TORONTO -- The Ford government has some explaining to do when it comes to the finer points of its new stay-at-home order, Toronto Mayor John Tory said Wednesday, saying the new rules do not make clear whether outdoor amenities like skating rinks or tobogganing hills should be shut down or curtailed.

As part of Ontario’s new second state of emergency, to take effect tomorrow, the province released new rules for outdoor gatherings, reducing their size to five, but also making a reference to closing outdoor amenities, without specifically naming any.

“It says right here that no person is permitted to use an indoor or outdoor recreational amenity that is required to be closed,” Tory told CP24 on Wednesday. “But it says skating rinks can be open – we have 54 skating rinks or some number like that, and so the question becomes are they supposed to be open or closed?”

City spokesperson Brad Ross told CP24 they are reviewing the provincial legislation and will have more to say about how it impacts outdoor activities this afternoon.

The legislative interpretation excitement and confusion for Ontario’s municipal leaders today will also include how to interpret the new five-person limit on outdoor gatherings.

“It also says organized public gatherings and social events are limited to five people,” Tory said. “So is a skating rink an organized social or public event, or is it not? We have a limit of 25 people on those rinks.”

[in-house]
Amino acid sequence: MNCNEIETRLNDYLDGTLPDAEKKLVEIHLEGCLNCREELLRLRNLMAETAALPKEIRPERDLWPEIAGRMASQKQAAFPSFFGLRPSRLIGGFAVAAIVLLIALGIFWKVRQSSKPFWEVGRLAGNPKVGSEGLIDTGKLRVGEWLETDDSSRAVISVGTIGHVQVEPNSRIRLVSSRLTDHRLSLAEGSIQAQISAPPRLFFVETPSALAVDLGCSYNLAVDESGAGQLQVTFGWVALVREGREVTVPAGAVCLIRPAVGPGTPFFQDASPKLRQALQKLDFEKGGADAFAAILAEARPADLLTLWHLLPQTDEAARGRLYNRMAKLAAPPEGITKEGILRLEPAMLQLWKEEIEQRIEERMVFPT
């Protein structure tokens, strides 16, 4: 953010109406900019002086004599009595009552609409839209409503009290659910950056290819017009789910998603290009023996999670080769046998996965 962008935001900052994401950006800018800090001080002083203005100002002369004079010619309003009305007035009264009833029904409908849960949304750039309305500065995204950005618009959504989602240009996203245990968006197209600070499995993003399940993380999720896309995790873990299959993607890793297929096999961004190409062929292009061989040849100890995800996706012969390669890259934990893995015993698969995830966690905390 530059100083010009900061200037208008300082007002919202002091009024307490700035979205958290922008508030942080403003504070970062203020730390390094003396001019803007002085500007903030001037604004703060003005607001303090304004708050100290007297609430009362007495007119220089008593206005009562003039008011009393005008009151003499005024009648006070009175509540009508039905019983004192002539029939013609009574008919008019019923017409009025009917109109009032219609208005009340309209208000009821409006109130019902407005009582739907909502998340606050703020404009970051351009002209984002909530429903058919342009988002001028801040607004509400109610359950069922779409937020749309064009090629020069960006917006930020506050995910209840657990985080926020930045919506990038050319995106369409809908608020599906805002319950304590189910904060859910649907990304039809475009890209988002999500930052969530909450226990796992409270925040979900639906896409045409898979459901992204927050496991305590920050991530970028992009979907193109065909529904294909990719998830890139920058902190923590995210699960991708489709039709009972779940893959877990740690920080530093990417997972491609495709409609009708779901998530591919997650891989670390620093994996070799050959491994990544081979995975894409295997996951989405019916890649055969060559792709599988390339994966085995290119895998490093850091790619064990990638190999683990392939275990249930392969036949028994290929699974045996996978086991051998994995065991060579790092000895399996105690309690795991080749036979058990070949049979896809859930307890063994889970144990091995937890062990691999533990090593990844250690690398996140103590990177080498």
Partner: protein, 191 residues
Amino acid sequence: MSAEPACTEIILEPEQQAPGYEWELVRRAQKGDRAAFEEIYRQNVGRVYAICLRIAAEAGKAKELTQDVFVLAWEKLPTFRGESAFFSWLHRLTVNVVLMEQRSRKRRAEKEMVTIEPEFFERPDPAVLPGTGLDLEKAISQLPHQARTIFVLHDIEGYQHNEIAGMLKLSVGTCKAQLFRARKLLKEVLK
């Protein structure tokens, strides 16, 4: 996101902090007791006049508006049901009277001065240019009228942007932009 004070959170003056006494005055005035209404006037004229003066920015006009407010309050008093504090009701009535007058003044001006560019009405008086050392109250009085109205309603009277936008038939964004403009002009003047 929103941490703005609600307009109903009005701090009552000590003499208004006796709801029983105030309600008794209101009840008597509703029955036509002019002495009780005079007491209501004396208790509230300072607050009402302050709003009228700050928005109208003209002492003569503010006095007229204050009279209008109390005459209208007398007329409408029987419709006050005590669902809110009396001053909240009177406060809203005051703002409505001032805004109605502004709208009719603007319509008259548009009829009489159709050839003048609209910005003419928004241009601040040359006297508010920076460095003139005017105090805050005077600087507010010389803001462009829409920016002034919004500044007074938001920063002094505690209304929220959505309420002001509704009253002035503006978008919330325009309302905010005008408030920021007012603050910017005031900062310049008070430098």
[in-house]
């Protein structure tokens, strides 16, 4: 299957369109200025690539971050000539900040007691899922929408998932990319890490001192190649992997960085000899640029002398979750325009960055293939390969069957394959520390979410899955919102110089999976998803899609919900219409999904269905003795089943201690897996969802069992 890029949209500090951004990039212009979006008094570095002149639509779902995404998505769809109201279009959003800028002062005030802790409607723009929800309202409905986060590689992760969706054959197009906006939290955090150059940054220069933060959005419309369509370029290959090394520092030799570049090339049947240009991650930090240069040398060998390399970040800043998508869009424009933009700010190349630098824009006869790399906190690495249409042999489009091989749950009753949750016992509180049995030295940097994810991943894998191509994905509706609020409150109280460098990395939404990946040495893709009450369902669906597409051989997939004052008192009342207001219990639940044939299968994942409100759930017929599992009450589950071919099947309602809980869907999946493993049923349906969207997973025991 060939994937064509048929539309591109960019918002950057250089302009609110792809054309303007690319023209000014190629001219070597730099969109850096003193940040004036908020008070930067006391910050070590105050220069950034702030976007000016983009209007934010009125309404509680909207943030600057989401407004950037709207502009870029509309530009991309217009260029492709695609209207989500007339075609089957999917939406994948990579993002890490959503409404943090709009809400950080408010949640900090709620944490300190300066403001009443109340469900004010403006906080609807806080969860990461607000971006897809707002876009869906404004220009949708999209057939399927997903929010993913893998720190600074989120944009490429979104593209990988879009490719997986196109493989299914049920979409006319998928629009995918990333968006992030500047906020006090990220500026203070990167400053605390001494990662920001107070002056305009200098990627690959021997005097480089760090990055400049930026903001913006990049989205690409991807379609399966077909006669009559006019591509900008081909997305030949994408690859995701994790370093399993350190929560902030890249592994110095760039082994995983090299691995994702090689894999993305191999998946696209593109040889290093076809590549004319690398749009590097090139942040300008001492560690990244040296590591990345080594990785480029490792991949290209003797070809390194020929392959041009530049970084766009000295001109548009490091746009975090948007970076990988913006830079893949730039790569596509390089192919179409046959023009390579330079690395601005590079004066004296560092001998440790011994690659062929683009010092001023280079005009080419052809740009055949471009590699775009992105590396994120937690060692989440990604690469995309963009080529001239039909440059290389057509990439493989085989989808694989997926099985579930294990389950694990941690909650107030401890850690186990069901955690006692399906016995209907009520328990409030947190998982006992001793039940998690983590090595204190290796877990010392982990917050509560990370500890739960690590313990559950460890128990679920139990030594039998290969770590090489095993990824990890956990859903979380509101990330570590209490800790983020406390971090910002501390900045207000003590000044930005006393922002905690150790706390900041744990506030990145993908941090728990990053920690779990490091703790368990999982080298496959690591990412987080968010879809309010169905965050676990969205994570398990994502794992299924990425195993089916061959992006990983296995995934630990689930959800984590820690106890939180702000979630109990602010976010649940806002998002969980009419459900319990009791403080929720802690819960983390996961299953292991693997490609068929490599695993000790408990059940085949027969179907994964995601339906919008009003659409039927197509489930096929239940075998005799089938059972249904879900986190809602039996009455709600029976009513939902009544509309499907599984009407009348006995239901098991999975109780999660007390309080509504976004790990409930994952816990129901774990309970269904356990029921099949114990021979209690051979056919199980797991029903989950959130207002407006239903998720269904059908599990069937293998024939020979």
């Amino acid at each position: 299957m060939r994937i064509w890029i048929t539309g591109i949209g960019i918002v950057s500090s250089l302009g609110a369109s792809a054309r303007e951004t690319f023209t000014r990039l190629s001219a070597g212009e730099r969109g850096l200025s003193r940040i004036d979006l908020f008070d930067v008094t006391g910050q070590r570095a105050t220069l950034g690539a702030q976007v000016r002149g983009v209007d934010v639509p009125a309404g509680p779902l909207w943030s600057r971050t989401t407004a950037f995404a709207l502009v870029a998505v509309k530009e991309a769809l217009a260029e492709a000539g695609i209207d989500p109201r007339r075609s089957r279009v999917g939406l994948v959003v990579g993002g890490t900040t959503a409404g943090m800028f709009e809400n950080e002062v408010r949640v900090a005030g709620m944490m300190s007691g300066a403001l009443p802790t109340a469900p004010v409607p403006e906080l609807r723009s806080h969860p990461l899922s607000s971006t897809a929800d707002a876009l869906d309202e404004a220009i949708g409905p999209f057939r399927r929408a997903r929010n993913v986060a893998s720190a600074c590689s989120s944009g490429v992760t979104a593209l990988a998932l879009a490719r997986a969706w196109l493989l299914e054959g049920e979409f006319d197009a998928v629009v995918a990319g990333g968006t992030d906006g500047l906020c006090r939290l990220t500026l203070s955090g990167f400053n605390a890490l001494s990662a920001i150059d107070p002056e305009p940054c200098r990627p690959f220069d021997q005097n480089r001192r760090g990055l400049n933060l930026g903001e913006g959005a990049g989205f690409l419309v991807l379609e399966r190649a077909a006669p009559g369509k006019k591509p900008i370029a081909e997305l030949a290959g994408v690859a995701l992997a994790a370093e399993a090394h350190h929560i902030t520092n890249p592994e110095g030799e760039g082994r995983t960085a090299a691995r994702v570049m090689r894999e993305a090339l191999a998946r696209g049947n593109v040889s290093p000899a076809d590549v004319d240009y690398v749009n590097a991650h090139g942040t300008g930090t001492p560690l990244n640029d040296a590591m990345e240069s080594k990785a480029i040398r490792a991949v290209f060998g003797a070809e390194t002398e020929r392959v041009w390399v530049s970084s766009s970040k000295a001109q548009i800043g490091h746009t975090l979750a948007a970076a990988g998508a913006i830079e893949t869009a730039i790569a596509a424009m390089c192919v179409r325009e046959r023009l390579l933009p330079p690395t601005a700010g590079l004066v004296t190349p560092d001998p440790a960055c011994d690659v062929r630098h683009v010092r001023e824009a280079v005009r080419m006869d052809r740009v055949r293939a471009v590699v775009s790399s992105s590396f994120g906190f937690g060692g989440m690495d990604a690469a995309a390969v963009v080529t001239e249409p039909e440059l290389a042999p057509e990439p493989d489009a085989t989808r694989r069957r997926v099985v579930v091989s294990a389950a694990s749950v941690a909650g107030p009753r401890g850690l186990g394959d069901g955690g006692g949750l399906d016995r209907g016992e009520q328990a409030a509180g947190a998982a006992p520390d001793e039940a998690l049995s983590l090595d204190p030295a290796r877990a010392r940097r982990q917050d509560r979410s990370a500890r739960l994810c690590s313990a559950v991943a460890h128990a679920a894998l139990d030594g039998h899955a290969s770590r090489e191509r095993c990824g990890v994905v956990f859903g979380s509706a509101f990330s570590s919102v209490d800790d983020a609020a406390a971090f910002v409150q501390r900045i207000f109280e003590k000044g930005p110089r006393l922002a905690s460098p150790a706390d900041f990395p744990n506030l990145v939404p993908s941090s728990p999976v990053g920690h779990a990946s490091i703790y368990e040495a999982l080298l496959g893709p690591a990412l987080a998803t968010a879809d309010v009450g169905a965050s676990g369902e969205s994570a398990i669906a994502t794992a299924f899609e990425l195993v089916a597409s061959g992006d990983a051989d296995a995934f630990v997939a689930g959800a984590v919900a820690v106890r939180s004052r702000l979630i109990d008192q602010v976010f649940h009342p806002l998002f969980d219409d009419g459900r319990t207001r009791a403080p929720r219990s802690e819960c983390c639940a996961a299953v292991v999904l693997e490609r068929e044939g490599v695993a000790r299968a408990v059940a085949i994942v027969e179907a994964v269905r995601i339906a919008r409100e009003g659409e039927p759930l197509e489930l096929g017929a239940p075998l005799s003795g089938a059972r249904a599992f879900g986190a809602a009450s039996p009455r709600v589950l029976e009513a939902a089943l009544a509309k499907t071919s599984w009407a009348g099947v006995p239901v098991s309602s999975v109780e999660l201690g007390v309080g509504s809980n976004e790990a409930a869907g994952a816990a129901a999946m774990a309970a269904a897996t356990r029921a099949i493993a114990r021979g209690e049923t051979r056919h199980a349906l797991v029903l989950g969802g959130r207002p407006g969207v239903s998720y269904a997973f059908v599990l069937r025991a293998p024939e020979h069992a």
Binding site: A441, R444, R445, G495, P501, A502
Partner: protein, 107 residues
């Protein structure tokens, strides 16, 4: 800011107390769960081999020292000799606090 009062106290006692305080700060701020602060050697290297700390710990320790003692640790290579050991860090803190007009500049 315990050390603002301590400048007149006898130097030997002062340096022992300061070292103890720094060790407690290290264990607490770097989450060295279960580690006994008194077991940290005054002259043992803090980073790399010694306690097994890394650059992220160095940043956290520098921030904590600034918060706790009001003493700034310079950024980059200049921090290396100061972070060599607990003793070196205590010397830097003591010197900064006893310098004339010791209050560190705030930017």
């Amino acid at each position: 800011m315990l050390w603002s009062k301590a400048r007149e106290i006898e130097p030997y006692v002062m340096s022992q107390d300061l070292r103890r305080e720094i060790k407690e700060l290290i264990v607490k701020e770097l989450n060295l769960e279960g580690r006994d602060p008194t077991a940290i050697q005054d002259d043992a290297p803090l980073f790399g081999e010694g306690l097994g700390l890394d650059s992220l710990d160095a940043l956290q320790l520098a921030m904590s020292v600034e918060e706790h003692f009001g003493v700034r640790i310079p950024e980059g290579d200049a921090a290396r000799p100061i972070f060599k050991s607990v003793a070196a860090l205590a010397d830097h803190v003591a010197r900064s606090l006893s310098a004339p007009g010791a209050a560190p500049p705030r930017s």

Tory said he welcomes the additional clarification coming down from the Ford government today, saying ordinary folks shouldn’t have to parse through lengthy documents to figure out how they can live their lives.

“The public shouldn’t be expected to do what I am doing here which is reading a 40 page document. The Government of Ontario, which is putting forward these regulations, should be explaining exactly what these regulations are meant to achieve.”

Ontario officials are expected to clarify points about the new stay at home order and state of emergency on Wednesday.

Groups such as the Canadian Civil Liberties Association expressed concern about the move to give peace officers “wider discretion” to ticket individuals who are out for non-essential reasons, and whether the homeless will be disproportionately targeted.

Housing advocates are demanding the province freeze residential evictions, which the province says could be coming in “days.”